- I. CALL TO ORDER AND REPORT OF THE ACTING DIRECTOR, NHLBI
- II. BIOMEDICAL RESEARCH: HOW DO WE KNOW WE ARE ON TRACK?
- III. NHLBI AIDS PROGRAM OVERVIEW
- IV. REPORT FROM THE PUBLIC INTEREST ORGANIZATION (PIO) MEETING
- V. BACKGROUND AND SUMMARY OF THE EXPERT PANEL REPORT ON MANAGMENT OF SICKLE CELL DISEASE
- VI. REPORT OF THE COUNCIL WORKING GROUP ON CLINICAL PRACTICE GUIDELINES
- VII. RECOGNITION OF DR. SHURIN
- VIII. REPORT OF THE BOARD OF EXTERNAL EXPERTS AND INITIATIVE CONCEPTS
- IX. CLOSED PORTION
The 246th meeting of the National Heart, Lung, and Blood Advisory Council (NHLBAC) was convened on Wednesday, June 13, 2012, in Conference Room 10, C Wing, Building 31, National Institutes of Health (NIH), Bethesda, Maryland. The meeting was open to the public from 8:05 a.m. until 12:40 p.m. The meeting was closed to the public from 1:15 p.m. until adjournment at 3:00 p.m. Dr. Susan B. Shurin, Acting Director of the National Heart, Lung, and Blood Institute (NHLBI), presided as Chair.
COUNCIL MEMBERS PRESENT:
Mr. Jonathan R. Alger
Ms. Coletta C. Barrett
Dr. Ivor J. Benjamin
Dr. Ingrid B. Borecki
Dr. Barry S. Coller
Dr. Pamela S. Douglas
Dr. Jack A. Elias
Dr. Robert L. Jesse (ex officio)
Dr. Lanetta B. Jordan
Dr. Talmadge E. King
Dr. Barbara A. Konkle
Dr. Leslee J. Shaw
Dr. Gilbert C. White II
COUNCIL MEMBERS ABSENT:
Ms. Beverly W. Hogan
Dr. Naomi L.C. Luban
Dr. Ron G. King
Dr. Michael S. Parmacek
Dr. Polly E. Parsons (via telephone)
Dr. George Buchanan
Professor of Pediatrics
University of Texas Southwestern Medical
Co-Chair, Sickle Cell Guidelines Expert Panel
Dr. Joylene John-Sowah
Medical Officer, NHLBI
Dr. Monica Shah
NHLBI AIDS Coordinator
Dr. Lawrence Tabak
Deputy Director, NIH
MEMBERS OF THE PUBLIC PRESENT:
Ms. Janet Choy
Ms. Molly Maguire
Ms. Susan Sepelak
Social & Scientific Systems, Inc.
CSR EMPLOYEES PRESENT:
Dr. Julia Krushkal Adkins
Dr. Larry Boerboom
Dr. Dianne Camp
Dr. Joy Gibson
Dr. Khalid Masood
NHLBI EMPLOYEES PRESENT:
Numerous NHLBI staff members were in attendance or were able to view the meeting via closed circuit broad cast.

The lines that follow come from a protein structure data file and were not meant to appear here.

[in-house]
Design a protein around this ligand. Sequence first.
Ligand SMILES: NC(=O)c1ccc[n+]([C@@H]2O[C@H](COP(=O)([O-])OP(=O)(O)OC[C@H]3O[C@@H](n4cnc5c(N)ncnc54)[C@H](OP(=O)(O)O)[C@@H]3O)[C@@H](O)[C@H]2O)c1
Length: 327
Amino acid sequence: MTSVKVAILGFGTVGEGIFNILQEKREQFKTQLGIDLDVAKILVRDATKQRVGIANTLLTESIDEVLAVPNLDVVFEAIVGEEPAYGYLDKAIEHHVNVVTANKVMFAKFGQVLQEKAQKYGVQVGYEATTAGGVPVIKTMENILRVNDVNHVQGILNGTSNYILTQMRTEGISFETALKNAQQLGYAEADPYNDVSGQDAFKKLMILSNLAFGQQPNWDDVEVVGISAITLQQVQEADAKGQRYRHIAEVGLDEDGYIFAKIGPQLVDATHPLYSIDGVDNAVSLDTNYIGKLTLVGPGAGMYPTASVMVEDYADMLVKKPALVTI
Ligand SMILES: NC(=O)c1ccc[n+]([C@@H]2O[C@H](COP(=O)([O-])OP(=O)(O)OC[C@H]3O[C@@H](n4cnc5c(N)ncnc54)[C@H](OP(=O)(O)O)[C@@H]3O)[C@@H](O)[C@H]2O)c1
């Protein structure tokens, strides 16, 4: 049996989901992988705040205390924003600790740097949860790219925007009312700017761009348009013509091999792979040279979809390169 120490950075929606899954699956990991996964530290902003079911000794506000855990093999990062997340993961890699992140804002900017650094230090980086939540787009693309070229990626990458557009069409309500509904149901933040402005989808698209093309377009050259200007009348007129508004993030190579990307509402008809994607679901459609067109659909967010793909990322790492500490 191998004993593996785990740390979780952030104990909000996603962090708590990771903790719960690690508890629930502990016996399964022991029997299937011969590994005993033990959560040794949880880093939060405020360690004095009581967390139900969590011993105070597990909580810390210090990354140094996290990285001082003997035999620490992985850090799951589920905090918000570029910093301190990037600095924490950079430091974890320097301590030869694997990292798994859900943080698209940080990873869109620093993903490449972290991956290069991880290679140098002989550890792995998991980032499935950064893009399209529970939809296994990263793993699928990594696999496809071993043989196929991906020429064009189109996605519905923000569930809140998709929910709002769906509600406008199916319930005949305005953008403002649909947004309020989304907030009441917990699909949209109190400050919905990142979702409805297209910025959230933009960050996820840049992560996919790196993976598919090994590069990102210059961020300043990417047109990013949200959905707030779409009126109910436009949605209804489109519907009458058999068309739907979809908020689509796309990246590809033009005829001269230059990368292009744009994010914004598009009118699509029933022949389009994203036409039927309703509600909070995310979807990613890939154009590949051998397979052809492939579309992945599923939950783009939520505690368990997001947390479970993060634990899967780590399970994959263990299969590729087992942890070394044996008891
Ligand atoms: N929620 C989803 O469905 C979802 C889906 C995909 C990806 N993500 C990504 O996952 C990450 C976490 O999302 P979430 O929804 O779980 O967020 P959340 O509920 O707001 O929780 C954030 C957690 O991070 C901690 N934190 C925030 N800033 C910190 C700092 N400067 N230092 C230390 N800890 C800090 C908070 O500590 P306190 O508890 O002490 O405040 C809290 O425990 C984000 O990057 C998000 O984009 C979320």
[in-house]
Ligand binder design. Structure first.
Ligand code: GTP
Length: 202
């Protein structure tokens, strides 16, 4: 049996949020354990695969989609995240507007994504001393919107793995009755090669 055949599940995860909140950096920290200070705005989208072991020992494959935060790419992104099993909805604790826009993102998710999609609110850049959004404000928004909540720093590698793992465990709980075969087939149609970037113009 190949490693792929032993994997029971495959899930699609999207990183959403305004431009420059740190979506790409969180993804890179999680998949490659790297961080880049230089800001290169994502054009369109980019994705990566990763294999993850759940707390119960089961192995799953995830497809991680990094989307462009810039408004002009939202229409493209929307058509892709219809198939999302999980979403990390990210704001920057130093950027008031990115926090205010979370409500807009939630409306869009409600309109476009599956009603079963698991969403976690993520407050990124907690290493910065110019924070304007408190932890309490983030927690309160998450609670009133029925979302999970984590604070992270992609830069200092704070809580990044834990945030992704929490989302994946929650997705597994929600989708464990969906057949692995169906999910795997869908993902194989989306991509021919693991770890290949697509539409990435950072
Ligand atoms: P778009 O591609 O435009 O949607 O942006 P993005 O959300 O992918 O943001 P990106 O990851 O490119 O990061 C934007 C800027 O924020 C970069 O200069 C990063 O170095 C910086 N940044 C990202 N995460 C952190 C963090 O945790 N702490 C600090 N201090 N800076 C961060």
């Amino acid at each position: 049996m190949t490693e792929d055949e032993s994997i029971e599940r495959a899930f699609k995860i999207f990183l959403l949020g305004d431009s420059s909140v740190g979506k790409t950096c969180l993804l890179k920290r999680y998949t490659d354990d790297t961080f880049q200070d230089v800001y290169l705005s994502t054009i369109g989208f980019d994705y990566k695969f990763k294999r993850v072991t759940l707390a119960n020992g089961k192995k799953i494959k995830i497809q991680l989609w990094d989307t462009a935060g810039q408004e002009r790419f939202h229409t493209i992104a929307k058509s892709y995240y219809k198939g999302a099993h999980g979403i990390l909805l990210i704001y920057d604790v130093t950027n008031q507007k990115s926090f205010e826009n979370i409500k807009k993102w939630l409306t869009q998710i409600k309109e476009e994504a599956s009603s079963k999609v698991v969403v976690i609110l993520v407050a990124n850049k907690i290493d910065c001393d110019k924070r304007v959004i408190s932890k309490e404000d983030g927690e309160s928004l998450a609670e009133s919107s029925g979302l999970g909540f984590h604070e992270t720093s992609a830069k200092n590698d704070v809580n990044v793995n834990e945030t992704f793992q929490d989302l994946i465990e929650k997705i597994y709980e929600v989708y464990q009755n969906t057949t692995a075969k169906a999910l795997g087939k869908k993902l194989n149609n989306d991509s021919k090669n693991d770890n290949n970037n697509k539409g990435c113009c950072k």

Dr. Susan B. Shurin, Acting Director of the National Heart, Lung, and Blood Institute (NHLBI), welcomed members to the 246th meeting of the National Heart, Lung, and Blood Advisory Council (NHLBAC).
Dr. Shurin updated the Council on NHLBI and NIH leadership appointments:
- Dr. Gary H. Gibbons has been appointed the next NHLBI Director. He is expected to start in early August.
- Ms. Sandy Gault, NHLBI Financial Management Officer, is retiring at the end of June, after 21 years with the Institute and 12 as the Financial Officer. She will be replaced by Mr. Alex Hawkins, who comes to the NHLBI from the Security Science and Technology Directorate of the U.S. Department of Homeland Security. He has more than 20 years of budget analysis and business leadership in both the public and private sectors.
- Ms. Debra C. Chew has been appointed Director, NIH Office of Equal Opportunity and Diversity.
Dr. Shurin updated the Council on member news:
- Mr. Jonathan Alger has been named President of James Madison University in Harrisonburg, Virginia.
- Dr. Lanetta Jordan joined the faculty of the Miller School of Medicine at the University of Miami as an Assistant Professor in the Department of Epidemiology and Public Health.
Dr. Shurin discussed the new policy at NIH for Special Council Review for well funded investigators. Accordingly, the NHLBI will provide information to Council on investigators with 1.5 million or more in annual direct costs in NIH research support. This policy will be a requirement of the FY 2013 budget.
The FY 2012 funding payline will remain at the 10th percentile for established investigator R01s and R21s. Pending availability of funds, the Institute intends to make use of the select pay option to fund some additional grants.
Dr. Shurin discussed the SBIR/STTR programs. Their reauthorization mandated increasing the set-aside percentages over the course of the next 6 years. Currently, a Scientific Management Review Board (SMRB) subcommittee is analyzing the SBIR/STTR program at the NIH. Its charge is to recommend strategies for how the NIH can optimize its use of the SBIR/STTR programs in keeping with the NIH mission. The NHLBI convenes a Topic Review Advisory Committee with a charge to assist NHLBI staff in identifying, assessing, and developing SBIR/STTR ideas for commercial development.
Dr. Shurin updated the Council on two other SMRB recommendations--(1) translational medicine and therapeutics, and (2) substance use, abuse, and addiction research at NIH.
- The National Center for Advancing Translational Sciences (NCATS) was created based on the SMRB recommendations. Programs in clinical and translational science (CTSAs), rare diseases research and therapeutics, and re-engineering translational sciences have been imported into NCATS. It has new initiatives in tissue chips for drug screening, rescuing and repurposing drugs, and target validation. Moving forward, NCATS is looking to recruit permanent leadership, convene an advisory council and Cures Acceleration Network board, and issue new RFAs for the CTSAs and the Therapeutic Discoveries Program.
- The SMRB recommended that the NIH establish a new institute that encompasses all substance use, abuse, and addiction-related research and dissolve the independent existence of NIAAA and NIDA. The new National Institute of Substance Use and Addiction Disorders is expected to be included in the FY 2014 budget and be launched in October 2013.